A few people said they were relieved to have a name for their symptoms which they could tell others and get treatment for. The uncertainty of not knowing, and the fear that it might be another life-threatening illness, meant they were reassured by the diagnosis. Russell thought the word ‘diagnosis’ was too “strong” for his experience of psoriasis though, because it “implies being a serious horrible illness” whereas he described only “touches” of psoriasis on some body parts. Adam wasn’t worried when he was first diagnosed during primary school, but found it became more of a concern when it flared-up at secondary school.
 

The redness on Louis’ face drew unwanted attention from others. It became easier for him to explain once he had a diagnosis of psoriasis.

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Age at interview: 21
Sex: Male
Age at diagnosis: 18
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Obviously psoriasis isn't particularly a good-looking thing to have on your skin. Very like red, angry, blotchy. And when it started on my arms and on my chest, that wasn't so bad because people don't see it day to day, but when it started coming up my neck and onto my face, then people would say, "Oh Louis, what's that on your face? What-, like what's going on?" And at the start that was a bit [sigh], that was a bit irritating, but I think you get used to that quite quickly. I think, especially once I knew it was psoriasis, I could say, "Oh, got this, don't know how long it'll be there for, hopefully it'll go away, that’s effectively it." But before it was sort of confirmed I had psoriasis, I had to sort of say, "Well I've got a rash, don't really know what it is, don't know what's going to happen to it." So that was-, that was a bit more difficult saying, "I don't know what it is, it's just something that's there."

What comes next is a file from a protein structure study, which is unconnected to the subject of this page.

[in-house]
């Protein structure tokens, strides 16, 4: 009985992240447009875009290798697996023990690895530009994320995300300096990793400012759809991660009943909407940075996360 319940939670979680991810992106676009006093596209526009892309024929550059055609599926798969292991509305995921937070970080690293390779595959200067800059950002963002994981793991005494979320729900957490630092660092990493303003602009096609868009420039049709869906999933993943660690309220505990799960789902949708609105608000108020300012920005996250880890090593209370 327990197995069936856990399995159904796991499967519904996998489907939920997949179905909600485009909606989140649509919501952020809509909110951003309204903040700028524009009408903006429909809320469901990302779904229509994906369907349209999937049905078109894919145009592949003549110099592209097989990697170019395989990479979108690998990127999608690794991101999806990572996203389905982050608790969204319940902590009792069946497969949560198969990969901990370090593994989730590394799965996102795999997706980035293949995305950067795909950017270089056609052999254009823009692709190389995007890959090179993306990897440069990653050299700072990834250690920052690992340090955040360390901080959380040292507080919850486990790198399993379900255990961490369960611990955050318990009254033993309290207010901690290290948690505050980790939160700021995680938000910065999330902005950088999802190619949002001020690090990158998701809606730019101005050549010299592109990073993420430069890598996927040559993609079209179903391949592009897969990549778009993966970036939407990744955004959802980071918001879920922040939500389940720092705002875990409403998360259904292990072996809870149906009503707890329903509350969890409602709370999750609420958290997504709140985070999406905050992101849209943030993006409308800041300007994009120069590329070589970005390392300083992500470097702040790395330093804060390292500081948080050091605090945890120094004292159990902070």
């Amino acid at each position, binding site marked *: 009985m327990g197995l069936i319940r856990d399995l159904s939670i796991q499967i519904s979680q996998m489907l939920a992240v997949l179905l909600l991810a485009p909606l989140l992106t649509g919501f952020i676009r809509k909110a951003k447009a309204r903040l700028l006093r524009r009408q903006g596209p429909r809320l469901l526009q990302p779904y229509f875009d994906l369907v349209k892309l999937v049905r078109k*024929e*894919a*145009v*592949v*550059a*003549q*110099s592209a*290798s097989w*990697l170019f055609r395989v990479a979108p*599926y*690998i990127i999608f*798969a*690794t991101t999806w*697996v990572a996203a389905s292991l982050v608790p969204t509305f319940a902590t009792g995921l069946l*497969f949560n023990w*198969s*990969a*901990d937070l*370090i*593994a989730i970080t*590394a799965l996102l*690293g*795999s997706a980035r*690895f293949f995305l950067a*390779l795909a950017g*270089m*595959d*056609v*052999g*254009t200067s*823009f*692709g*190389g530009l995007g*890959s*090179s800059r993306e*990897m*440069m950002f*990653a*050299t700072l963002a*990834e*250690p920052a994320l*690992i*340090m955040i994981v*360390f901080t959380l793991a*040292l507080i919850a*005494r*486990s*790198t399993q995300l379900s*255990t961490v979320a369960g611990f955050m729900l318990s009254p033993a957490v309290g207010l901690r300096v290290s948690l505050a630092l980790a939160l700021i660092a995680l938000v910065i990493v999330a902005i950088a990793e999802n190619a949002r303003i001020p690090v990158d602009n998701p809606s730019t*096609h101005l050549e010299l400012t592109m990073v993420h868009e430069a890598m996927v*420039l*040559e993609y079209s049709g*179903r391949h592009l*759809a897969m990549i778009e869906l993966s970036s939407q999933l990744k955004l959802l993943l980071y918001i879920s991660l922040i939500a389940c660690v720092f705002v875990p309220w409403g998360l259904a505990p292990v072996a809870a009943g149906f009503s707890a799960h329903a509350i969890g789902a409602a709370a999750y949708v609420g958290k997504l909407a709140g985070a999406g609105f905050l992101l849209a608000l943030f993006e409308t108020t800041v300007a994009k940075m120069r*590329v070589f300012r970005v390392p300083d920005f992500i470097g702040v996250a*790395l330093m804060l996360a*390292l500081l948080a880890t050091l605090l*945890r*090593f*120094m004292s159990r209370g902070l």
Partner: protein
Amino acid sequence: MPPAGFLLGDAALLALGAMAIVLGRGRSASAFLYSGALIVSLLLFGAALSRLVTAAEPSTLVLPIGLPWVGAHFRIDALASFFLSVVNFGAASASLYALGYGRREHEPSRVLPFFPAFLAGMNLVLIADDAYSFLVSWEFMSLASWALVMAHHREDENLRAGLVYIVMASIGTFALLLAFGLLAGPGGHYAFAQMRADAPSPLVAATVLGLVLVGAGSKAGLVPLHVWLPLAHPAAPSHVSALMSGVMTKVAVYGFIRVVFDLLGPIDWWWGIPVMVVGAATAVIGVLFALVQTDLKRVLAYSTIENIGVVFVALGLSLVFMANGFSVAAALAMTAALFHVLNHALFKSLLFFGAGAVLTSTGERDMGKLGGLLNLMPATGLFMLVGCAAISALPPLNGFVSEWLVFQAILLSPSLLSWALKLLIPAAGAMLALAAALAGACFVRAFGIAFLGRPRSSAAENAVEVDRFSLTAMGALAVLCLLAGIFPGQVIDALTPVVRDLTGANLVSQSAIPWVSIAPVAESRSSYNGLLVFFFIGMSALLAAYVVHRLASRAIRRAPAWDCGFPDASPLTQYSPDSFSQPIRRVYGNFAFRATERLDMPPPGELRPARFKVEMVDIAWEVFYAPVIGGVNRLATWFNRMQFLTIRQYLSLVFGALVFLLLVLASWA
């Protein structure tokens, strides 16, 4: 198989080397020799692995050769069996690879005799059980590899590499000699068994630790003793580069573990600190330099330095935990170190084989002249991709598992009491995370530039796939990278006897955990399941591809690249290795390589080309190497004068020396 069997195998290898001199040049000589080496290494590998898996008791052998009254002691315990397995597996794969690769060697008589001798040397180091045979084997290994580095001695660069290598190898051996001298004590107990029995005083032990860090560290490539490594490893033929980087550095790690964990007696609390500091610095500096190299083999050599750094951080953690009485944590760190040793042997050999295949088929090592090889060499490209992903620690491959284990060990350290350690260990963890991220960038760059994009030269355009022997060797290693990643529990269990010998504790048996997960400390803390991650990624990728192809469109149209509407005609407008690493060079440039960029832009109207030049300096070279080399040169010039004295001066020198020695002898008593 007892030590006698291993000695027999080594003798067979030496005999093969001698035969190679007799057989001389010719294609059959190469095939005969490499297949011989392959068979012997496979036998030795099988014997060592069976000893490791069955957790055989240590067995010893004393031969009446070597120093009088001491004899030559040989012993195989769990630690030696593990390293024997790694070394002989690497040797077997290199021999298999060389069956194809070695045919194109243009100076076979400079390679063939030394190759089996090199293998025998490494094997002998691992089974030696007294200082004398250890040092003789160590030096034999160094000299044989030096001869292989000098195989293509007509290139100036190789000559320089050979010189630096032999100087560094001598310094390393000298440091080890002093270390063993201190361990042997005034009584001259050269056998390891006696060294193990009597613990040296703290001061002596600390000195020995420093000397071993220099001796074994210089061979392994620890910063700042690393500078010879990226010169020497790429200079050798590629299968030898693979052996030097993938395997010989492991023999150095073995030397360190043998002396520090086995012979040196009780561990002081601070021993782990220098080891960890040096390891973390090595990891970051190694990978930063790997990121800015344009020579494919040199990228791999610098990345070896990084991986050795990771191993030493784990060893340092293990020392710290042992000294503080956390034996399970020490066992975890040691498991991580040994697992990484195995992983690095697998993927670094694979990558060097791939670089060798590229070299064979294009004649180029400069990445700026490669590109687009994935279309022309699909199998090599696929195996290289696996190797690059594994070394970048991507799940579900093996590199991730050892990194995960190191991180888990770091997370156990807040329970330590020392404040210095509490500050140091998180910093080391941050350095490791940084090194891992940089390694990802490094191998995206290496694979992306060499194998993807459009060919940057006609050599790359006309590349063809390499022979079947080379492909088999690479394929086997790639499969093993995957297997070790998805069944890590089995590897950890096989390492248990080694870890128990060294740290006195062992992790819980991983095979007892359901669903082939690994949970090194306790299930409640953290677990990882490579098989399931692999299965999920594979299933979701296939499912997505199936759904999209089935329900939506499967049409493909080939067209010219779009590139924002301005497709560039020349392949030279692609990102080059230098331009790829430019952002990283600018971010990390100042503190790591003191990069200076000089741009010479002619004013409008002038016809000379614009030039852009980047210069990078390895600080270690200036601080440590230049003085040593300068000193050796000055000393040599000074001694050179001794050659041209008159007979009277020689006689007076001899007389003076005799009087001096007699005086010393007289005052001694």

Information given with the diagnosis

Several people talked about the information given with the diagnosis of psoriasis. Most hadn’t known much about psoriasis before. For those diagnosed when young, parents were usually given information which wasn’t always passed on to the child as they grew up. Ella remembers asking her parents about psoriasis when she was in secondary school and they explained it was to do with her immune system (see causes). 

Some people remembered being told certain things about psoriasis when they were diagnosed. Adam’s doctor told him it was probably stress related (see triggers). There were also some things that people weren’t told which they felt they should have been. Lola was “disappointed” that her doctor hadn’t told her more about psoriasis and worries about “what have I got left to find out”.
 

Lola thinks she should have been told by her doctors about the chances of developing other conditions, like psoriatic arthritis.

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Age at interview: 17
Sex: Female
Age at diagnosis: 14